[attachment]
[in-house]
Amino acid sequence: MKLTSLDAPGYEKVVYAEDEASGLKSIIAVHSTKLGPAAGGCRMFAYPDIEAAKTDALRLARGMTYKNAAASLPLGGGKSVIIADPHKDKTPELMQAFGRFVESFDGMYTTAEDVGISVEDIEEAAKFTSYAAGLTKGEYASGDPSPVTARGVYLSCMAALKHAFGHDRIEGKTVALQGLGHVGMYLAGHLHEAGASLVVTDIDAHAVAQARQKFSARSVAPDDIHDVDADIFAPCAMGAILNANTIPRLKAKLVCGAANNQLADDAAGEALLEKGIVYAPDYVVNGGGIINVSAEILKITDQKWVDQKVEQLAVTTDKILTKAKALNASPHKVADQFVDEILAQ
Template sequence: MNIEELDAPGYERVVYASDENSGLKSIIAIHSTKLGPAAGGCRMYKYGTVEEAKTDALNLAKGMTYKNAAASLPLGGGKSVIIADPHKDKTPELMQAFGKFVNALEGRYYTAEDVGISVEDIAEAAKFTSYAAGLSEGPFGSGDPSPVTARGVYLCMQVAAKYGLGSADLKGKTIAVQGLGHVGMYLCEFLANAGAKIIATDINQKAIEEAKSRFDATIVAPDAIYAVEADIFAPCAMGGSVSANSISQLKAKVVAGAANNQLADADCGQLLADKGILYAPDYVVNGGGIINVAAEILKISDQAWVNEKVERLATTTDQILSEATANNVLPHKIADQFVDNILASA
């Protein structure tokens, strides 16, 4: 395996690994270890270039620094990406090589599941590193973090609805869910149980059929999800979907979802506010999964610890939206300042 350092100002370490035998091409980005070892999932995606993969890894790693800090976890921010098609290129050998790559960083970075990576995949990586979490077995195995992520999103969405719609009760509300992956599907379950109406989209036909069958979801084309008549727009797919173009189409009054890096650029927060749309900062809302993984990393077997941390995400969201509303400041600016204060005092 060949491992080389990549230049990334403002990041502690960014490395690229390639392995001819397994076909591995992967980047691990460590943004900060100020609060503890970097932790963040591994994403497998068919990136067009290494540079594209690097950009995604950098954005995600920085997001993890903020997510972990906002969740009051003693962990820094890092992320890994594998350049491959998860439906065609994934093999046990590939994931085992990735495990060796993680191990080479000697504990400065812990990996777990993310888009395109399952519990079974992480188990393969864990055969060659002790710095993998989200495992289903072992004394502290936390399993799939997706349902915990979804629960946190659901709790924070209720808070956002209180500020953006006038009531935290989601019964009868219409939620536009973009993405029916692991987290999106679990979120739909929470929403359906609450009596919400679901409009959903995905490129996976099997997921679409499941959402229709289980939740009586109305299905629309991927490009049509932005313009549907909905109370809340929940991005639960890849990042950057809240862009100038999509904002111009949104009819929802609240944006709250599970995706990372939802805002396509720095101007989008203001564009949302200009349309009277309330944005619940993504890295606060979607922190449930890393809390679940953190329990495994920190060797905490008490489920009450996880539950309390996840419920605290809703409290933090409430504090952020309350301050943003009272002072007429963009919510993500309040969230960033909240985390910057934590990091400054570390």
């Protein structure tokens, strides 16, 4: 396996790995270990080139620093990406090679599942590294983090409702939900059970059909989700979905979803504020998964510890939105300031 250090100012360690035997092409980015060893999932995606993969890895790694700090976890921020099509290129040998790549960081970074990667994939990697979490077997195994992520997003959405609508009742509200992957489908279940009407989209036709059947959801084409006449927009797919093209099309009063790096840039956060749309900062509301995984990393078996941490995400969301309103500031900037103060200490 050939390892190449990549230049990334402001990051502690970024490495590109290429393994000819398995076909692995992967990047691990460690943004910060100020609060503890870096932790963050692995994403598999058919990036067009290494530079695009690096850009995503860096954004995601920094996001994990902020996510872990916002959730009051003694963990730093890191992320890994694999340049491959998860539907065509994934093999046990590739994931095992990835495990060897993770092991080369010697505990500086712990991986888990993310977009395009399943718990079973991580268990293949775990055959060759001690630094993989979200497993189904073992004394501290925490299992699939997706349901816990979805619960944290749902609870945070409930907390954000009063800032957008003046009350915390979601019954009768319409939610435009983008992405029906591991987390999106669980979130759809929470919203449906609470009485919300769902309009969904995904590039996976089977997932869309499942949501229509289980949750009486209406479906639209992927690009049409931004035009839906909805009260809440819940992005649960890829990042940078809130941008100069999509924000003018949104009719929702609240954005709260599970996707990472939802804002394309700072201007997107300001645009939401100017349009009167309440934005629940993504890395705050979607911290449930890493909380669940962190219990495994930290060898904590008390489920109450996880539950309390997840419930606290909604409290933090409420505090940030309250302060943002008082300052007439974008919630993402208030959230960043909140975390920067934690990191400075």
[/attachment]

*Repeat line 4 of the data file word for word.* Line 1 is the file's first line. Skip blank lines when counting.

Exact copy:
């Protein structure tokens, strides 16, 4: 395996690994270890270039620094990406090589599941590193973090609805869910149980059929999800979907979802506010999964610890939206300042 350092100002370490035998091409980005070892999932995606993969890894790693800090976890921010098609290129050998790559960083970075990576995949990586979490077995195995992520999103969405719609009760509300992956599907379950109406989209036909069958979801084309008549727009797919173009189409009054890096650029927060749309900062809302993984990393077997941390995400969201509303400041600016204060005092 060949491992080389990549230049990334403002990041502690960014490395690229390639392995001819397994076909591995992967980047691990460590943004900060100020609060503890970097932790963040591994994403497998068919990136067009290494540079594209690097950009995604950098954005995600920085997001993890903020997510972990906002969740009051003693962990820094890092992320890994594998350049491959998860439906065609994934093999046990590939994931085992990735495990060796993680191990080479000697504990400065812990990996777990993310888009395109399952519990079974992480188990393969864990055969060659002790710095993998989200495992289903072992004394502290936390399993799939997706349902915990979804629960946190659901709790924070209720808070956002209180500020953006006038009531935290989601019964009868219409939620536009973009993405029916692991987290999106679990979120739909929470929403359906609450009596919400679901409009959903995905490129996976099997997921679409499941959402229709289980939740009586109305299905629309991927490009049509932005313009549907909905109370809340929940991005639960890849990042950057809240862009100038999509904002111009949104009819929802609240944006709250599970995706990372939802805002396509720095101007989008203001564009949302200009349309009277309330944005619940993504890295606060979607922190449930890393809390679940953190329990495994920190060797905490008490489920009450996880539950309390996840419920605290809703409290933090409430504090952020309350301050943003009272002072007429963009919510993500309040969230960033909240985390910057934590990091400054570390």